The Big Social Media Lie

by Adam Kreitman

The time has come to address the 800 lb. gorilla in the Internet marketing room…

Social Media.

Almost every “online marketing” firm is pushing it these days…

“Hey, we’re gonna build you an awesome Facebook page that gets you lots of Likes…and also build up your Twitter account with lots of followers…and then build up your LinkedIn profile…and don’t forget about Google+…and, oh, we can’t leave out Pinterest…”

(It makes my head spin so I can’t imagine what it must do to the business owners who don’t do online marketing for a living!)

Problem is, there’s almost never any talk about how doing these things will actually lead to more business or otherwise justify a business’ jump into social media.

An Increasingly Common Conversion

Just the other day I was talking with a business owner and about 20 minutes in he asks me “What about Facebook?”

“What about it?” I asked.

He replies, “Well, you haven’t mentioned it yet. And all the other Internet marketing firms I’ve talked to are telling me I have to build up my Facebook page.”

To which I said…

“No you don’t. It may make sense to build up a Facebook page down the road…more as a way to communicate with your existing customers than anything else.

But based on our conversation you need to generate more sales right now.

So why spend time trying to get people to Like you on Facebook, hoping they’ll become a client at some point in the future, instead of focusing on strategies that target people who are actively looking for your service TODAY?!

You have to remember that people aren’t on Facebook to make decisions, people are on Facebook to avoid making decisions. (Note: credit goes to Perry Marshall for that gem!)

I’m not saying that, with the right strategy in place, you can’t get some business from Facebook. What I am saying is there’s a ton of stuff you haven’t done yet that’s much more likely to put cash in the coffers sooner rather than later.

And since you don’t have unlimited time or budget doesn’t it make sense to focus on that stuff first instead of building a pretty Facebook page, trying to get a lot of Likes and then sitting around with your “fans” singing Kumbaya hoping the money will start pouring in?”

At first I was afraid I’d gone a bit too far. But, as it turns out, my fears were unfounded because when the business owner replied I could hear the relief in his voice…

“I’m so glad to hear you say that. It makes sense. Quite frankly, I’m 58 years old and have no interest in getting on Facebook unless there’s a good reason to. I just thought I had to do it because that’s what everyone’s been pushing.”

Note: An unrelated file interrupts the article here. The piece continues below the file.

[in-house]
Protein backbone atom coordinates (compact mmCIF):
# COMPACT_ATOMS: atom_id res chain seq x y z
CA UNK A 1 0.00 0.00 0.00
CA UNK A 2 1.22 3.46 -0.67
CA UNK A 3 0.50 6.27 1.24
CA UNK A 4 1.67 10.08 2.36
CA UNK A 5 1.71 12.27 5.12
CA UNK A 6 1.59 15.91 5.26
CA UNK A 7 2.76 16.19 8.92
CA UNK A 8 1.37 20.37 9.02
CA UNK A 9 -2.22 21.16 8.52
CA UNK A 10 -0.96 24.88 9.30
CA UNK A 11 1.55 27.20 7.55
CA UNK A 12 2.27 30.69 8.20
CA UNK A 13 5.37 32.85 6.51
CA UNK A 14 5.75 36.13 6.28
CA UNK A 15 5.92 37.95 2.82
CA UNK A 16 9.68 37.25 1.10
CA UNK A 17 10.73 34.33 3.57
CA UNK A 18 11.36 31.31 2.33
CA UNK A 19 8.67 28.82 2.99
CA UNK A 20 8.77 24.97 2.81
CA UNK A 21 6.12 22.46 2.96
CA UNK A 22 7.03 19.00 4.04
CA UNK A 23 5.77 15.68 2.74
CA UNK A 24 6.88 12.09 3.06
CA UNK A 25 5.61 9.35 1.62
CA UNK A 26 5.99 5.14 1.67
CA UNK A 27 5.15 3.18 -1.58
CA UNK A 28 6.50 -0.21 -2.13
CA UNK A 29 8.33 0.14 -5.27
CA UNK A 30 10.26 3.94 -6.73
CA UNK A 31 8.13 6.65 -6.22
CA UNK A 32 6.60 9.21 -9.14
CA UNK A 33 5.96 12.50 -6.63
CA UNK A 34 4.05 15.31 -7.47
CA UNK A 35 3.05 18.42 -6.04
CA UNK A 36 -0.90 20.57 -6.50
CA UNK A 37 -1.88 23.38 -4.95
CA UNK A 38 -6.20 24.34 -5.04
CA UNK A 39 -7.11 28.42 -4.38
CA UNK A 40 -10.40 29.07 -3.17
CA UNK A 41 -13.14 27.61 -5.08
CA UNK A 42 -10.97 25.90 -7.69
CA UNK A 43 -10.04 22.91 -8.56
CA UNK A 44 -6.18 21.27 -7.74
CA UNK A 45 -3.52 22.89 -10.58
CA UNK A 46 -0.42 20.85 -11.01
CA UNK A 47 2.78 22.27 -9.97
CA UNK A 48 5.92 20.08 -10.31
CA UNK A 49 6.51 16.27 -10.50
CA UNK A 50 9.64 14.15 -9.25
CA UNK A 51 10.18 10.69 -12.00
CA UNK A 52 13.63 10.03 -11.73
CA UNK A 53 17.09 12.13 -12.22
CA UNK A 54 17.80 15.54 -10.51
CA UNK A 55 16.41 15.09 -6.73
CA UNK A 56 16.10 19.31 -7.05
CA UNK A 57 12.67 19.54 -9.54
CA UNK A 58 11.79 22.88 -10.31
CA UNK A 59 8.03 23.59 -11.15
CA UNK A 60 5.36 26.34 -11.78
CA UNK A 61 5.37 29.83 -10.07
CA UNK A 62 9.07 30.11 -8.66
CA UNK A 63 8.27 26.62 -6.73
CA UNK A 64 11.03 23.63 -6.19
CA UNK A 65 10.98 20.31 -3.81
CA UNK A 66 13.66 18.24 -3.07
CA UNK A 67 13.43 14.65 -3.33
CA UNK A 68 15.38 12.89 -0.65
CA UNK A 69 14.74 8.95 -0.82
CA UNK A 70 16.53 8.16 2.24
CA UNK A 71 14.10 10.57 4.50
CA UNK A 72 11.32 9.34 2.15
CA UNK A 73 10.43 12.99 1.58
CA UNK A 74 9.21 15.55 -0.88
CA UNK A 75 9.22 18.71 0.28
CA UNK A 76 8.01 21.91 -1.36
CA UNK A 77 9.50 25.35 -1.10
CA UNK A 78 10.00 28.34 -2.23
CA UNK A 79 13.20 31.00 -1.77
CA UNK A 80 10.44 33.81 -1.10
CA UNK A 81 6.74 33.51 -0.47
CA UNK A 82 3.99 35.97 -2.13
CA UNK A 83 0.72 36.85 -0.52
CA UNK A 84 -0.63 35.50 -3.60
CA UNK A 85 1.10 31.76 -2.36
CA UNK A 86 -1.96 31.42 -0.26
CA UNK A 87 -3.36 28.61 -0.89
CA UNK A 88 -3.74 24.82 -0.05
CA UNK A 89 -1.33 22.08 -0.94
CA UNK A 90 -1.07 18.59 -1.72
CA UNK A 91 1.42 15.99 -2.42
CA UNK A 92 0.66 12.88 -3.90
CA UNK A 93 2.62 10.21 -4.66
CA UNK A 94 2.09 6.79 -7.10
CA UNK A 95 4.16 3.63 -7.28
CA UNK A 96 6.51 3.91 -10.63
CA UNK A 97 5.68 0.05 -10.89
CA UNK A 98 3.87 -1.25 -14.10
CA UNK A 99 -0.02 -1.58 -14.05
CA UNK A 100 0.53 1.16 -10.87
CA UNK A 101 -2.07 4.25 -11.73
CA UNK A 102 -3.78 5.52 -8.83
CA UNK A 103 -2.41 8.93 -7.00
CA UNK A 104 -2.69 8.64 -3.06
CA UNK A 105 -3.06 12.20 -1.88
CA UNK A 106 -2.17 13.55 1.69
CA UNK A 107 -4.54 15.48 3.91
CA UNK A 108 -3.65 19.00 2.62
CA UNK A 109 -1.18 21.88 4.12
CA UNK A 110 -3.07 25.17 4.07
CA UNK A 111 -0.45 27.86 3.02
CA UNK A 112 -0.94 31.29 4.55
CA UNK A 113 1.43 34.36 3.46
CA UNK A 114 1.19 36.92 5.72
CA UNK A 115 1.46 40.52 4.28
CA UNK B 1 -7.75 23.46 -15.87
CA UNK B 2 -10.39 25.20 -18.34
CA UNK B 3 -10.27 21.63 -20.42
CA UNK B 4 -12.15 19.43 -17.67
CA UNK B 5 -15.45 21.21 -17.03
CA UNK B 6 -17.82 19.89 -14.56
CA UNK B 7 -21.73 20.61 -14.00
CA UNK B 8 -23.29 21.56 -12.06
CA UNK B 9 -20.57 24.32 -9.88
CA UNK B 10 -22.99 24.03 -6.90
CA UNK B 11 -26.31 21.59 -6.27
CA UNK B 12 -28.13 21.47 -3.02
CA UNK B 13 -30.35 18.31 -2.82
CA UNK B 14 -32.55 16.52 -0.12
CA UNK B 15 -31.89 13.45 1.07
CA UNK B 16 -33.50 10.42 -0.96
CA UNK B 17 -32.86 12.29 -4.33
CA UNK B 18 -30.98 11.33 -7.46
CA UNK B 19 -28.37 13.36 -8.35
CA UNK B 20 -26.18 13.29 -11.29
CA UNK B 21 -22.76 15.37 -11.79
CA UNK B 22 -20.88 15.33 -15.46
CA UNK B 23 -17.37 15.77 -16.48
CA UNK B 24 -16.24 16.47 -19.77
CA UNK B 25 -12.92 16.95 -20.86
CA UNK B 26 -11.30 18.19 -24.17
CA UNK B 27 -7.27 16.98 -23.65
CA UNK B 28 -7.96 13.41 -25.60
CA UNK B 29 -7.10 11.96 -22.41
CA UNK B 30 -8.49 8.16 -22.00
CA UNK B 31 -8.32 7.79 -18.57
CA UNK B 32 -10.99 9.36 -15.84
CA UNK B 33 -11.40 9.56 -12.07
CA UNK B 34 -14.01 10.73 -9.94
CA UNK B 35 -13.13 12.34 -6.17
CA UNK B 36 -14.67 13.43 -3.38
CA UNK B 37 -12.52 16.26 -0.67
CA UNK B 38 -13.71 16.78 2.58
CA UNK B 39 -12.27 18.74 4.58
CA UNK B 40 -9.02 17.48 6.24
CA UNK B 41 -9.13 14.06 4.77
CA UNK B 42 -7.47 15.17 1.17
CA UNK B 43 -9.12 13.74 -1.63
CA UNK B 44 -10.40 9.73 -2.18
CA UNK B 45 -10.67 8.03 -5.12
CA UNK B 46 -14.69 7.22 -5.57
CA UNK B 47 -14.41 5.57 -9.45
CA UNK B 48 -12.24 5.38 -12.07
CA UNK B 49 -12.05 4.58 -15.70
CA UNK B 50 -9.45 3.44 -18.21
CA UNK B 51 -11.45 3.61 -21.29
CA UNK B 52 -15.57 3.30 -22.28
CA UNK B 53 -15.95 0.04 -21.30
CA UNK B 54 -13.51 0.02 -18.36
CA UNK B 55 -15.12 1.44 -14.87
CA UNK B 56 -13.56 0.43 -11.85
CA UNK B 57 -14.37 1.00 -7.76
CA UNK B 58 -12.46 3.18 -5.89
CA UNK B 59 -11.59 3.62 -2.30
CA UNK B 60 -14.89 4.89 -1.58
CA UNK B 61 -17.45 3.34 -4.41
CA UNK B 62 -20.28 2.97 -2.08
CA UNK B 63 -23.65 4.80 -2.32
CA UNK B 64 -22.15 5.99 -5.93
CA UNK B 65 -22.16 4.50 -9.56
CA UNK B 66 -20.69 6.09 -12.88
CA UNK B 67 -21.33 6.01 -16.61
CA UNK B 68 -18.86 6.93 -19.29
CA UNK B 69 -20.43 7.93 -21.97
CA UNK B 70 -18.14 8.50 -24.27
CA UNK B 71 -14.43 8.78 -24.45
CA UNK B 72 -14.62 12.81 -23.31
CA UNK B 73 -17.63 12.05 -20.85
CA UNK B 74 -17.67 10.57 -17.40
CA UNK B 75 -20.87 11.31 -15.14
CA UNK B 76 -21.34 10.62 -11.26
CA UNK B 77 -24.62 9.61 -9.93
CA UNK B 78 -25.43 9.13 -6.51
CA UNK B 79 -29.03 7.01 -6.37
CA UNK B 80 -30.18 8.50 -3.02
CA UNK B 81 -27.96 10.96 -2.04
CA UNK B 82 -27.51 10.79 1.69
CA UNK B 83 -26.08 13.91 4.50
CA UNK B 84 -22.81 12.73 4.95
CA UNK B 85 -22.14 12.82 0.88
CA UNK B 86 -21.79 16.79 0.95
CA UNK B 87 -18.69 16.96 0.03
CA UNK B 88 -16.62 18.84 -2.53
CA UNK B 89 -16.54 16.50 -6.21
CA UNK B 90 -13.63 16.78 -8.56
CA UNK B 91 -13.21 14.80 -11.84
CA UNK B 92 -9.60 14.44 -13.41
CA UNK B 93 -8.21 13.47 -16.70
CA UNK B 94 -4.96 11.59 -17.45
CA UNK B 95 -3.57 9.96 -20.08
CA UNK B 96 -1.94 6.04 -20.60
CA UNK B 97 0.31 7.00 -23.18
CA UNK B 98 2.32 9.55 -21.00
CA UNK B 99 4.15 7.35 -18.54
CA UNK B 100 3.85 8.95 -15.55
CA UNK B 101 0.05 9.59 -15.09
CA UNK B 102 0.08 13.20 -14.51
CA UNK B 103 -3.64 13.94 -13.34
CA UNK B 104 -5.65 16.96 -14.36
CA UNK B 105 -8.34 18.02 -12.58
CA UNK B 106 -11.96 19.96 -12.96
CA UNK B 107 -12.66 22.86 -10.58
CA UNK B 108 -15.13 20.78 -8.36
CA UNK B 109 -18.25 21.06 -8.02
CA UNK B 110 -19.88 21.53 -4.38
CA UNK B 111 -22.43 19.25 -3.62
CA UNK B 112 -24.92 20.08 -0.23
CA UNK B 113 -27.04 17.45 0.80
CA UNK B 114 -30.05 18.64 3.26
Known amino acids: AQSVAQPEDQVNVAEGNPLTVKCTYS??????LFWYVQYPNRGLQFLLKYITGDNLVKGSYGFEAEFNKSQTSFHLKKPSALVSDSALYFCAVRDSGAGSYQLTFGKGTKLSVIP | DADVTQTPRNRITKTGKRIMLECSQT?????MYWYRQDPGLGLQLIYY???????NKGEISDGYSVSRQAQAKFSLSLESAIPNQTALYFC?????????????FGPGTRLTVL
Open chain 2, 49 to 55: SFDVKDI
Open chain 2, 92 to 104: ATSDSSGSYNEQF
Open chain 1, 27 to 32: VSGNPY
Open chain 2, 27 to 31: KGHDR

Who Really Profits From Social Media

Here’s the thing…most of what’s being pitched about social media is garbage. It’s more about lining the pockets of the companies selling social media packages than the companies they’re working for.

A lot of business owners wind up getting sucked into the world of social media because they’re told by some “expert” that they have to, not because it’s the right decision for their business.

Listen, most businesses are in the business of solving problems. And people aren’t on social media sites like Facebook and Twitter to solve their problems, they’re there to avoid their problems.

That’s a huge challenge anyone trying to sell directly on social media has to overcome. (And very few have actually overcome it.)

The companies that are having some success driving sales on social media are selling fun and entertainment or are speaking to people’s passions (ie. things which are more in line with the mindset of people on social media sites).

So if you’re a B2C business like a restaurant (and where would food trucks be without Twitter?!), you sell ring tones, or are promoting a special, fun event, then social media may be a good place to be.

But if you’re a DUI attorney, no legitimate prospects are gonna Like your Facebook page! 😉

In all seriousness, for most B2B companies, FB isn’t the place to spend your marketing time, money and effort. For B2B, if you’re going to jump into the realm of social media, you’re better off networking on LinkedIn.

The Hidden Cost of Social Media

A lot of people gravitate to social media because it’s “free”.

And, true, you can set up a FB page, Twitter account, LinkedIn account, etc. without spending a dime.

But if social media is going to be a big part of your marketing plans, you have to be prepared to put in a lot time to do it right by regularly…

  • Posting compelling content
  • Engaging in meaningful conversations with prospects and customers
  • And basically just all-around demonstrating your value and authority as an expert

And that stuff’s hard to outsource.

You know your business and customers better than anyone.

How’s a green account executive at an agency who’s 18 months out of college going to be able to truly and authentically represent your company on social media?

At the very least, you’ll have to provide them with the content to post on your behalf. But if you have to spoon feed that info to them anyway, does it really save that much time over just doing it yourself?!